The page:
The digital divide is something that has been talked about for many decades already, at the international, regional, national and local level. However, there was, I think, little recognition of the extent of disadvantage amongst pockets of our societies when it comes to access to education, which has now been exposed across all nations. In South Africa, this has spurred on the effort that we began post-apartheid, to drive systemic change in the educational system, and educational outcomes of all children and adolescents.
The holy grail in this regard has been the desire to spread equality of opportunity throughout all communities, with the ultimate goal of a significant reduction in youth unemployment. In other words, we have been seeking a relevant and effective educational answer – which includes digital solutions – which does not perpetuate and exacerbate disadvantage.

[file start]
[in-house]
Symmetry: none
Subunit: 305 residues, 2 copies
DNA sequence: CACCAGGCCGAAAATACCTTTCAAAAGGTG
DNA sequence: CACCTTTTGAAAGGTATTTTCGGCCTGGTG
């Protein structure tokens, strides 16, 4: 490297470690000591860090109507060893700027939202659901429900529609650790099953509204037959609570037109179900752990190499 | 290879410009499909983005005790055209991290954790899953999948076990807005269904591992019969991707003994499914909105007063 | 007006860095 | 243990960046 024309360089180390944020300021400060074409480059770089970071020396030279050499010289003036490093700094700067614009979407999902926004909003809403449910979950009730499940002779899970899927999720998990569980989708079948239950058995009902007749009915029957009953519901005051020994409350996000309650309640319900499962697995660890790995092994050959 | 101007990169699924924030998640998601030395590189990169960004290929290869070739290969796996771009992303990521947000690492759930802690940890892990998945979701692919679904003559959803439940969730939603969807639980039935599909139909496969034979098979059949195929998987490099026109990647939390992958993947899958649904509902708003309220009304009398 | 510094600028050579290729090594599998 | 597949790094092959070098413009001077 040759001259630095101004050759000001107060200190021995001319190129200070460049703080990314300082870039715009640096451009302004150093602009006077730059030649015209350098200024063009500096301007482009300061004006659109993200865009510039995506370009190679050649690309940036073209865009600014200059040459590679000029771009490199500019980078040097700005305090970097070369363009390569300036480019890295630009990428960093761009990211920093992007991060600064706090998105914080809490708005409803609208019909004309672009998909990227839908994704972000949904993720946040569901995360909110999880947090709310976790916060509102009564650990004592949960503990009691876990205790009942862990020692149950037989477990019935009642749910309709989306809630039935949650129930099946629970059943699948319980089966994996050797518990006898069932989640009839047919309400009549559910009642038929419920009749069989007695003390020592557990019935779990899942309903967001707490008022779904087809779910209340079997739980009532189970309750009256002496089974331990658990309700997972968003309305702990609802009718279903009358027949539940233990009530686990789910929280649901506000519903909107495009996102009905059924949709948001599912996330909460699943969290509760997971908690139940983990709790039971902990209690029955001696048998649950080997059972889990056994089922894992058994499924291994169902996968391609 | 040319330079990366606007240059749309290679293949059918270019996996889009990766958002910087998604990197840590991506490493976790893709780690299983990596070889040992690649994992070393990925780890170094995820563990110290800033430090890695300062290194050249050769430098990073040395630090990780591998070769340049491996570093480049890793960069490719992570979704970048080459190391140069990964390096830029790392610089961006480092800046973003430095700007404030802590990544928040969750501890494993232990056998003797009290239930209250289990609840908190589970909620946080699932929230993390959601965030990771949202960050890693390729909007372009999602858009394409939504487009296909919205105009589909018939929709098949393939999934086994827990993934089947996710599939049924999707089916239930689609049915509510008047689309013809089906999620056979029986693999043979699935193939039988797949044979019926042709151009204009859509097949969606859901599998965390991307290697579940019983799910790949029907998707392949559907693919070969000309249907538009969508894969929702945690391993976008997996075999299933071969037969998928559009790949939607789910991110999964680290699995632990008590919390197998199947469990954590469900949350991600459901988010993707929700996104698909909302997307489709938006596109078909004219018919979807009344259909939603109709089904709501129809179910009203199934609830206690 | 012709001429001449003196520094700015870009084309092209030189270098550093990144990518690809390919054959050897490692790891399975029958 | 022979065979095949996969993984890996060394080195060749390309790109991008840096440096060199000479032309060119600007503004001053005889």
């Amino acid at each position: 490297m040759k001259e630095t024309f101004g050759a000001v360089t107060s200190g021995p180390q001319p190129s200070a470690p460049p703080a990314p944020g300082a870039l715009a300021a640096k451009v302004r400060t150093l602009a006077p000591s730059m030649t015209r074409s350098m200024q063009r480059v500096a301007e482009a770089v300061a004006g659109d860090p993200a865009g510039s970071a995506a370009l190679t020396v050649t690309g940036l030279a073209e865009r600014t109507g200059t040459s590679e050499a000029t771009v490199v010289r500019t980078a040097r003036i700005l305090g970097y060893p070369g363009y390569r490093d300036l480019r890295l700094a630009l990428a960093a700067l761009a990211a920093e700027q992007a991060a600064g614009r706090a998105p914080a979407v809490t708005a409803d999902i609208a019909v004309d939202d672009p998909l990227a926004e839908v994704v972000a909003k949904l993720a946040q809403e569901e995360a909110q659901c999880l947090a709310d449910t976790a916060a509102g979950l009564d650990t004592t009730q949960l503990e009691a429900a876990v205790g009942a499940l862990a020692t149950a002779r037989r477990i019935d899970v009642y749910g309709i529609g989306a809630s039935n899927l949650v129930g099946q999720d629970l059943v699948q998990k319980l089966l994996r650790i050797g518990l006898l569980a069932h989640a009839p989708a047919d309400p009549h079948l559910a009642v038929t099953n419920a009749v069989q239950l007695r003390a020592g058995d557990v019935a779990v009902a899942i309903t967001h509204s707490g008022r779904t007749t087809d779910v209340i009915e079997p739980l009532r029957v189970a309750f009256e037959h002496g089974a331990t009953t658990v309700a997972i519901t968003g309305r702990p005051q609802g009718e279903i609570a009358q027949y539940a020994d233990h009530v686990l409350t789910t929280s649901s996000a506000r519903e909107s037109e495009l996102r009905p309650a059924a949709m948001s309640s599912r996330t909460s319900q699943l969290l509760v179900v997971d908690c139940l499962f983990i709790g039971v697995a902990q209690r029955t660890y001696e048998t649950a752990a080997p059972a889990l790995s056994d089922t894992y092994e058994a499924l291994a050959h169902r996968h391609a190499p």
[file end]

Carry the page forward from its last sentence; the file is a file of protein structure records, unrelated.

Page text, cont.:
So, what has the pandemic and our response to it taught us – both about our objectives and also about how we need to go about achieving them? And what is the role of entrepreneurship in this picture, and how can we bring about cultural change in education to achieve our broader goals?
Let’s first clarify our understanding of “entrepreneurship”. For us it is the notion of being an “entrepreneurial” rather than an entrepreneur in the accepted understanding of the word. An “entrepreneurial” is like a millennial – but rather is someone of the search and discovery generation who believes in “if it’s going to be, it’s up to me”. An entrepreneurial has an opportunity-seeking mindset that drives purpose in the search for an intersection between his/her interests and abilities that also serve the needs of their fellow human beings.